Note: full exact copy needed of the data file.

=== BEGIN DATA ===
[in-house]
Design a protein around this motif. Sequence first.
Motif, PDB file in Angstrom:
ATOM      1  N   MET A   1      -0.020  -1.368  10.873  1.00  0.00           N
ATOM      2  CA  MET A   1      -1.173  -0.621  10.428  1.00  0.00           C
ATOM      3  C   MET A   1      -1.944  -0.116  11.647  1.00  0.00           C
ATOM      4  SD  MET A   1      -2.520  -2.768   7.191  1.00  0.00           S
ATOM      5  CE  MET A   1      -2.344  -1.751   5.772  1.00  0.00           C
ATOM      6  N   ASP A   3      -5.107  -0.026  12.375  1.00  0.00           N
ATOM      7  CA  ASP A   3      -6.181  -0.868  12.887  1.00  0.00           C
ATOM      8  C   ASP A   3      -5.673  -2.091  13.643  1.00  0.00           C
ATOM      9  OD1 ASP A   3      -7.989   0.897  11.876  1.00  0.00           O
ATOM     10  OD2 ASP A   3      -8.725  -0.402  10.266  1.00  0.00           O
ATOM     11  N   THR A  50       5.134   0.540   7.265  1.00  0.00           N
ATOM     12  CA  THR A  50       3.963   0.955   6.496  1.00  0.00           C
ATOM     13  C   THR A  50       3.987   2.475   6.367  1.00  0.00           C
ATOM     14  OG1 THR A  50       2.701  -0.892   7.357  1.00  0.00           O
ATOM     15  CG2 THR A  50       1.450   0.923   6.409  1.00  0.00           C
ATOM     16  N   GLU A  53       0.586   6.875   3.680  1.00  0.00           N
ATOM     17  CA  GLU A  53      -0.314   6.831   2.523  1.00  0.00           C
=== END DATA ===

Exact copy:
[in-house]
Design a protein around this motif. Sequence first.
Motif, PDB file in Angstrom:
ATOM      1  N   MET A   1      -0.020  -1.368  10.873  1.00  0.00           N
ATOM      2  CA  MET A   1      -1.173  -0.621  10.428  1.00  0.00           C
ATOM      3  C   MET A   1      -1.944  -0.116  11.647  1.00  0.00           C
ATOM      4  SD  MET A   1      -2.520  -2.768   7.191  1.00  0.00           S
ATOM      5  CE  MET A   1      -2.344  -1.751   5.772  1.00  0.00           C
ATOM      6  N   ASP A   3      -5.107  -0.026  12.375  1.00  0.00           N
ATOM      7  CA  ASP A   3      -6.181  -0.868  12.887  1.00  0.00           C
ATOM      8  C   ASP A   3      -5.673  -2.091  13.643  1.00  0.00           C
ATOM      9  OD1 ASP A   3      -7.989   0.897  11.876  1.00  0.00           O
ATOM     10  OD2 ASP A   3      -8.725  -0.402  10.266  1.00  0.00           O
ATOM     11  N   THR A  50       5.134   0.540   7.265  1.00  0.00           N
ATOM     12  CA  THR A  50       3.963   0.955   6.496  1.00  0.00           C
ATOM     13  C   THR A  50       3.987   2.475   6.367  1.00  0.00           C
ATOM     14  OG1 THR A  50       2.701  -0.892   7.357  1.00  0.00           O
ATOM     15  CG2 THR A  50       1.450   0.923   6.409  1.00  0.00           C
ATOM     16  N   GLU A  53       0.586   6.875   3.680  1.00  0.00           N
ATOM     17  CA  GLU A  53      -0.314   6.831   2.523  1.00  0.00           C